CureSearch for Children's Cancer funds and supportstargeted and innovative children's cancer research with measurableresults, and is the authoritative source of information and resourcesfor all those affected by children's cancer.
When the surgery has passed and chemotherapy has ended, cancer’s toll on the body remains.
Children who want to get back to handstands and Hula Hoops can find themselves weak and discouraged.
Concerns about the physical well-being of children who’ve had cancer prompted athletic trainer Travis Gallagher to encourage Nationwide Children’s Hospital to start its Play Strong program.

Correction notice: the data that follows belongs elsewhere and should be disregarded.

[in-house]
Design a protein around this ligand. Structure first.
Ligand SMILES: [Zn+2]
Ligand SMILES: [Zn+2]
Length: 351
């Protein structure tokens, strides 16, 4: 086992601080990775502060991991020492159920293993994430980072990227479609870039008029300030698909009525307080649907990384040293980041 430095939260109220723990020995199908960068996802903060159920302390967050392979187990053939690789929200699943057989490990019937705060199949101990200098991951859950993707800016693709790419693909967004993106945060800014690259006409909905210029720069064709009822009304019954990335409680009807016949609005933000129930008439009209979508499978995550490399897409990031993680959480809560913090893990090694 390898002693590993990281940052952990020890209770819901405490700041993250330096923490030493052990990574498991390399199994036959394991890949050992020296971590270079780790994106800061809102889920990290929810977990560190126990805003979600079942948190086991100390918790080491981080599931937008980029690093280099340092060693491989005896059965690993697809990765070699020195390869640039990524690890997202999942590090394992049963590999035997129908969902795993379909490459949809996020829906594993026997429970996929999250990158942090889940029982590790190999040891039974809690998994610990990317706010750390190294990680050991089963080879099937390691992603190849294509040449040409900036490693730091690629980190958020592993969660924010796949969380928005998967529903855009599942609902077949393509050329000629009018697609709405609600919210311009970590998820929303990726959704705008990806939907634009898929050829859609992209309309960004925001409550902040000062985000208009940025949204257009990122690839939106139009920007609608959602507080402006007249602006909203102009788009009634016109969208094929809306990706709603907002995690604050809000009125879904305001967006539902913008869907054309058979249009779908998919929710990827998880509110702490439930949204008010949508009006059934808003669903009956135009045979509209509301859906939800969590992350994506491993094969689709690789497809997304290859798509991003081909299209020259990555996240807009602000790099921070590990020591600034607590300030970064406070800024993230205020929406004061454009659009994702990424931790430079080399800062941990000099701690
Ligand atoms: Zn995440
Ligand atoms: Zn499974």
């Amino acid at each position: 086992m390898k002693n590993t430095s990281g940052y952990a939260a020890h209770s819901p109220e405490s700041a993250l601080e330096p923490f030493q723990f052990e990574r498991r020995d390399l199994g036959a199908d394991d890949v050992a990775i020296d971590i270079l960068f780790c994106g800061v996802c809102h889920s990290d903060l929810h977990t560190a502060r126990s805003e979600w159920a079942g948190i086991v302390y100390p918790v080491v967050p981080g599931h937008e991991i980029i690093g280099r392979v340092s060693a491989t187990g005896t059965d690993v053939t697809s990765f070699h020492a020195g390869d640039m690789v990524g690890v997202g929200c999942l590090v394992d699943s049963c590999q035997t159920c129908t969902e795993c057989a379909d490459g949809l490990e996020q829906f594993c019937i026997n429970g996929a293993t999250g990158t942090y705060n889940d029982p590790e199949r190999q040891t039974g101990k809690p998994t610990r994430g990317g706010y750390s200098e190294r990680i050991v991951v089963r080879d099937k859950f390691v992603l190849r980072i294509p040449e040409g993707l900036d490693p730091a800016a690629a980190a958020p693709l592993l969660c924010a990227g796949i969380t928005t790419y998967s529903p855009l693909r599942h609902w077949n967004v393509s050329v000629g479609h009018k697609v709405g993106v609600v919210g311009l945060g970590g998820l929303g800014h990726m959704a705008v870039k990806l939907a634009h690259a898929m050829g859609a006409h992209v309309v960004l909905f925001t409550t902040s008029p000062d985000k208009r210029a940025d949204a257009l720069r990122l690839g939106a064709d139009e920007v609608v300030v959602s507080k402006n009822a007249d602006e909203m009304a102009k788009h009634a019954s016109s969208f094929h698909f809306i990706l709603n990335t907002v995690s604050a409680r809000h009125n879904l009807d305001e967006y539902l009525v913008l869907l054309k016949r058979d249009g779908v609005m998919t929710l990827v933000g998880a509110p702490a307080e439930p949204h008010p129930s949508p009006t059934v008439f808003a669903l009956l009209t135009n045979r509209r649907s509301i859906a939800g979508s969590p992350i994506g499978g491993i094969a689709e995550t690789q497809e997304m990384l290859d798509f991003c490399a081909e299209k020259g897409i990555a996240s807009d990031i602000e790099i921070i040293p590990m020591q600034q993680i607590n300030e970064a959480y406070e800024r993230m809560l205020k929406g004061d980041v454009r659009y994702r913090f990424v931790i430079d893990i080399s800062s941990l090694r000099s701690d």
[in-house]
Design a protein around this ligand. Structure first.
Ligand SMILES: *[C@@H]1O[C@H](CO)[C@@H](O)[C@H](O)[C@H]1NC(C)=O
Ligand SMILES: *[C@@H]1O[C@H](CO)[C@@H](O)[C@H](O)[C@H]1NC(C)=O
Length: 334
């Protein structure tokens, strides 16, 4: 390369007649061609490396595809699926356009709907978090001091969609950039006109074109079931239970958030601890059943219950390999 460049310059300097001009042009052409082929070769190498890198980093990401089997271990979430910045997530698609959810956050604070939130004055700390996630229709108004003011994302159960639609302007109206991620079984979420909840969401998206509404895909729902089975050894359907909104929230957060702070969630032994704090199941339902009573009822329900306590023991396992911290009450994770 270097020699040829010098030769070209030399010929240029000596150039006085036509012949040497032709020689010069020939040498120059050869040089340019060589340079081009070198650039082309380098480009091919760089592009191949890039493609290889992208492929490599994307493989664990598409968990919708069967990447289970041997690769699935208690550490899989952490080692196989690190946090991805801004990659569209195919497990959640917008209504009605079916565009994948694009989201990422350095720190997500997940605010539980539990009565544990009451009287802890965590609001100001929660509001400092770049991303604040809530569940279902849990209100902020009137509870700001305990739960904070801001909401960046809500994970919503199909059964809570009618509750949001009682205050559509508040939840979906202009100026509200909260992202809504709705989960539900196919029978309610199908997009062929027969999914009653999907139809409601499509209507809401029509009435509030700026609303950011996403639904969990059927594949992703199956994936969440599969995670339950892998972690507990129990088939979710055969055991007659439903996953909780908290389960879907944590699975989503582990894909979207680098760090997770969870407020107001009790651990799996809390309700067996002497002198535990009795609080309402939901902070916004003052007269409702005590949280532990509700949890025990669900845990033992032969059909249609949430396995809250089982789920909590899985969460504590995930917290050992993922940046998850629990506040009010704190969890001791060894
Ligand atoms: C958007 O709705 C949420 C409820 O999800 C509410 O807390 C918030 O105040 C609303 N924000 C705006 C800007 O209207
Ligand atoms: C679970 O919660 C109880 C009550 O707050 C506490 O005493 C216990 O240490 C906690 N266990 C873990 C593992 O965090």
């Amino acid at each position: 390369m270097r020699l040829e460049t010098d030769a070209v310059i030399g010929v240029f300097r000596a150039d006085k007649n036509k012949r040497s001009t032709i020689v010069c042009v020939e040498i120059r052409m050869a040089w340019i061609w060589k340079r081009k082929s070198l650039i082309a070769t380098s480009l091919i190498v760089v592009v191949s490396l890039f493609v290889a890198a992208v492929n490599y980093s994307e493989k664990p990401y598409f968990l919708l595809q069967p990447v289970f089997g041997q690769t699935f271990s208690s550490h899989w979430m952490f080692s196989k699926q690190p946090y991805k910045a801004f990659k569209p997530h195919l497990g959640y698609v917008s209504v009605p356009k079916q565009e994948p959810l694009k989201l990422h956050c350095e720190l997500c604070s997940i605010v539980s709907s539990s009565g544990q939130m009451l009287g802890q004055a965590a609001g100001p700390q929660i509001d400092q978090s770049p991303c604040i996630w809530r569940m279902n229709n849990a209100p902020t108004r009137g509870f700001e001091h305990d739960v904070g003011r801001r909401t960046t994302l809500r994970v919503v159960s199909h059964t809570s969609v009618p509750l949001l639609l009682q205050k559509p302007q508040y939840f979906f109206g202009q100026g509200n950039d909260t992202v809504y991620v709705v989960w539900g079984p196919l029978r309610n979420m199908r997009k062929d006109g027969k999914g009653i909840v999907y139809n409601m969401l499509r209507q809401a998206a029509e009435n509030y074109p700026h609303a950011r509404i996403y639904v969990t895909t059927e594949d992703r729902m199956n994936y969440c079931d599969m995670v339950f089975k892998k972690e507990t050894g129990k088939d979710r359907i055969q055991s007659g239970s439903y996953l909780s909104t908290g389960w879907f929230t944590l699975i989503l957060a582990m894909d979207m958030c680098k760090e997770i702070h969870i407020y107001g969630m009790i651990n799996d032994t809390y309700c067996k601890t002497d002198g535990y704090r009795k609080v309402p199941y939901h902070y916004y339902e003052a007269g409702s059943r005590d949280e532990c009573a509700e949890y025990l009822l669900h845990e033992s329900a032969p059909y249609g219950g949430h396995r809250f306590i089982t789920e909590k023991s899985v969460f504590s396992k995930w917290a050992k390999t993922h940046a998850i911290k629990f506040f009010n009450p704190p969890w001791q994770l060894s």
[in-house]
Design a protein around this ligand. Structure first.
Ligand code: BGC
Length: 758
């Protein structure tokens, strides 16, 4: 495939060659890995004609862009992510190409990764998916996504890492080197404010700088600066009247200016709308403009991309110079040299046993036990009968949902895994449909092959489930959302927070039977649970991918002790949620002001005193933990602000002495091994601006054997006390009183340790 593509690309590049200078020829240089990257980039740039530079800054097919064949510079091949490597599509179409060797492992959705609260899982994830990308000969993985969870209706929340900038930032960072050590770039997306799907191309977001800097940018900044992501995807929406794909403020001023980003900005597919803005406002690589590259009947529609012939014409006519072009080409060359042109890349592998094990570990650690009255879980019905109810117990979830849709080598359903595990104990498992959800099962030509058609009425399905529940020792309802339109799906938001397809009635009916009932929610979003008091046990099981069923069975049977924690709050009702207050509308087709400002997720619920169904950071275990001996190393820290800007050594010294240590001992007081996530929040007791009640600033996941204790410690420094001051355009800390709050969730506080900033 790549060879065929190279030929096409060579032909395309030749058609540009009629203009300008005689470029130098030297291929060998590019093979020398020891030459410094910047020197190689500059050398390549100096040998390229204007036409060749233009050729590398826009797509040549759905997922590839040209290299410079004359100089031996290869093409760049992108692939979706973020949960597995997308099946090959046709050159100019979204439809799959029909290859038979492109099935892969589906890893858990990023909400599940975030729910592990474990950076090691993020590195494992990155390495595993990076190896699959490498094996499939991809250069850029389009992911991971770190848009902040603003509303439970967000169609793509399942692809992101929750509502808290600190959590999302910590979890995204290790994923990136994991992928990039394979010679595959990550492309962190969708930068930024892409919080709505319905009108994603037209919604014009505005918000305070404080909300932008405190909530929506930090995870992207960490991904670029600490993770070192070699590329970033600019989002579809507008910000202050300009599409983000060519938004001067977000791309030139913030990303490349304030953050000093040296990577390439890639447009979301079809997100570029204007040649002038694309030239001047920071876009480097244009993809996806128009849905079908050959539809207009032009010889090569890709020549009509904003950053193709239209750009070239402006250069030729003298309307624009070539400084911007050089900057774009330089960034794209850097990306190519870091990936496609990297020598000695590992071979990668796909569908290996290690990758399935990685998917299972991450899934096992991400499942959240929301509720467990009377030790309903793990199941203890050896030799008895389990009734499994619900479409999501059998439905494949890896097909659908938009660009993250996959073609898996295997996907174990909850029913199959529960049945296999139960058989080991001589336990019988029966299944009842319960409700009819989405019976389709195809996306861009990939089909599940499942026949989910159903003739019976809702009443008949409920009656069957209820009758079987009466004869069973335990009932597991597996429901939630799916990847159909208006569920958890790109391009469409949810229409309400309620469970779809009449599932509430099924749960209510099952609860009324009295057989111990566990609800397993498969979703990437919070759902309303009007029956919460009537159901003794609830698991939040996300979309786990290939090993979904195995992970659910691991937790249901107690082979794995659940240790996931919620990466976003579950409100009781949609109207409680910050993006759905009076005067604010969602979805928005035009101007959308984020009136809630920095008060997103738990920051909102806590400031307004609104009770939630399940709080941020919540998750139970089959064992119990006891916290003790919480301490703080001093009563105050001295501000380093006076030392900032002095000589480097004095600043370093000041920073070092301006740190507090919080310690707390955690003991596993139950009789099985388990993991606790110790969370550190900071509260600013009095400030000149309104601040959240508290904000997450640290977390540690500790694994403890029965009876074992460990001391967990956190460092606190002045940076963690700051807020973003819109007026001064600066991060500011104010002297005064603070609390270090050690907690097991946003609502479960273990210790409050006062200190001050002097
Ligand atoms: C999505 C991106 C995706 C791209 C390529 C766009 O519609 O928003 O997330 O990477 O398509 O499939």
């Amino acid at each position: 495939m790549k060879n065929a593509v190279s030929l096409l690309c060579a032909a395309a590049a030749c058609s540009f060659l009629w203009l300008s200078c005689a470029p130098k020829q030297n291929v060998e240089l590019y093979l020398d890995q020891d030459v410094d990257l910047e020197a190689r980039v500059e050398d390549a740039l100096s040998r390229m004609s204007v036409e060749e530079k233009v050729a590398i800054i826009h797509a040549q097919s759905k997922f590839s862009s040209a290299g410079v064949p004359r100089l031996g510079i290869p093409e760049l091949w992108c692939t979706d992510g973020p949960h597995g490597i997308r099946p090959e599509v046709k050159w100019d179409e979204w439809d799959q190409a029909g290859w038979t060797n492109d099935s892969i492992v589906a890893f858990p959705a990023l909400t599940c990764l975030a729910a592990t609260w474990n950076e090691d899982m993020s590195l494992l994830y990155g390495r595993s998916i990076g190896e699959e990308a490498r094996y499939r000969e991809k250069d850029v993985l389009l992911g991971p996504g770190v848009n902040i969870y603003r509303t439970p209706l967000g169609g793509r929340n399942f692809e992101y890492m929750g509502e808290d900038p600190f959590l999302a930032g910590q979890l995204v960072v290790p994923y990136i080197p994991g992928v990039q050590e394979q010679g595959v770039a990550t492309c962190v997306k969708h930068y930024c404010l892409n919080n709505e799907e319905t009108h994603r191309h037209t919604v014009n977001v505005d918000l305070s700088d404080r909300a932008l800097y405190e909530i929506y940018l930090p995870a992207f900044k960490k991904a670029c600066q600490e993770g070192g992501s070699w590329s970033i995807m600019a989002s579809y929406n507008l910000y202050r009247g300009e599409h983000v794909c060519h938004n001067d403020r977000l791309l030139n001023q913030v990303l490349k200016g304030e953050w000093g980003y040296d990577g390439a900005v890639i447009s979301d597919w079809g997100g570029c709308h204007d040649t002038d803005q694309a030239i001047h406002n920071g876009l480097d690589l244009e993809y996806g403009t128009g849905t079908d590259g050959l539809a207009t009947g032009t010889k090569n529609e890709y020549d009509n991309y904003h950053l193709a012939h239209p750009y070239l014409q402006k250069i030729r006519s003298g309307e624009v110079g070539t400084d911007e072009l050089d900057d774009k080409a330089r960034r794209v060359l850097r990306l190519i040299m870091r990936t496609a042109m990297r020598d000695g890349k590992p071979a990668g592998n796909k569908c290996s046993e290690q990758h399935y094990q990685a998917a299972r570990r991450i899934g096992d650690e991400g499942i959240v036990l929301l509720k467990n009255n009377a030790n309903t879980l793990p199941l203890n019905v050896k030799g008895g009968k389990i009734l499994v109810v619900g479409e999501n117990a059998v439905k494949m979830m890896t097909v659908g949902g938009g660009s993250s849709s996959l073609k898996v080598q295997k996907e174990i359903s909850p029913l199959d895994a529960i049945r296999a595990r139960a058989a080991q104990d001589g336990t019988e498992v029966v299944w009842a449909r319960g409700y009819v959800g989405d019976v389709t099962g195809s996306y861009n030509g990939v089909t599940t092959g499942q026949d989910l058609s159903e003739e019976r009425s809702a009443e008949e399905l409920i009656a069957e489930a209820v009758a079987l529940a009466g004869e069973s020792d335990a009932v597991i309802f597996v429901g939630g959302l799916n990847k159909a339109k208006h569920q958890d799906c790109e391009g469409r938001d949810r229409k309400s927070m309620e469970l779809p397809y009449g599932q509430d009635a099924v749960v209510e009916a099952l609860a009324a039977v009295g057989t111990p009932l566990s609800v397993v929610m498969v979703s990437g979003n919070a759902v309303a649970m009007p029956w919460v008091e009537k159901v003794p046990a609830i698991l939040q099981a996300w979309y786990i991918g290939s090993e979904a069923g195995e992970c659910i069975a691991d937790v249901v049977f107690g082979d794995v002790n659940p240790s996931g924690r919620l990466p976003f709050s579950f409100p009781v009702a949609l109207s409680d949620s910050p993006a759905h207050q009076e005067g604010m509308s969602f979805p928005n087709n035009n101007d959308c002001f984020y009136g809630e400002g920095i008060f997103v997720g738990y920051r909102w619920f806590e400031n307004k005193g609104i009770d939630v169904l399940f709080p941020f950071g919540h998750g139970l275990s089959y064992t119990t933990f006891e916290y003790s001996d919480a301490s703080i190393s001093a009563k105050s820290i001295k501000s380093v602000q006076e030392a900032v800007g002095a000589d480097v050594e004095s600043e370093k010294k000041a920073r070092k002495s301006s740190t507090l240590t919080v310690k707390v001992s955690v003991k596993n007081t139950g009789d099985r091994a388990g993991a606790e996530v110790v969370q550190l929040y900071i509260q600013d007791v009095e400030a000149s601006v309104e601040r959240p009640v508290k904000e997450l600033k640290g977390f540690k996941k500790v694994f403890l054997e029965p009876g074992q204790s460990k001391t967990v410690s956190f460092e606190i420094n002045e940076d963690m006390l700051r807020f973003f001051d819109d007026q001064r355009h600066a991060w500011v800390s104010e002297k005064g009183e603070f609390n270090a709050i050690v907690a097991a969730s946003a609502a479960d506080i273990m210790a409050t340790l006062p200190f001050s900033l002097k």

“These patients, they just want to get back to being a kid,” he said.
Each child comes to the year-old program with a unique set of challenges, but the most common are muscle weakness, difficulty balancing and weight gain brought on by treatments or inactivity.
The program so far has helped about a dozen kids, Gallagher said. He and his Children’s co-workers do one-on-one work but also try to work with groups of children when possible. And they encourage siblings and friends to come along and join exercise that is well-disguised as play.
As Gallagher sees it, what he’s doing has two purposes. He’s helping children rebound and setting them on the right course for a lifestyle that promotes overall well-being and has been shown to work against future cancers.
Shelby HammondCommunications Manager Email Shelby(240) 235-2205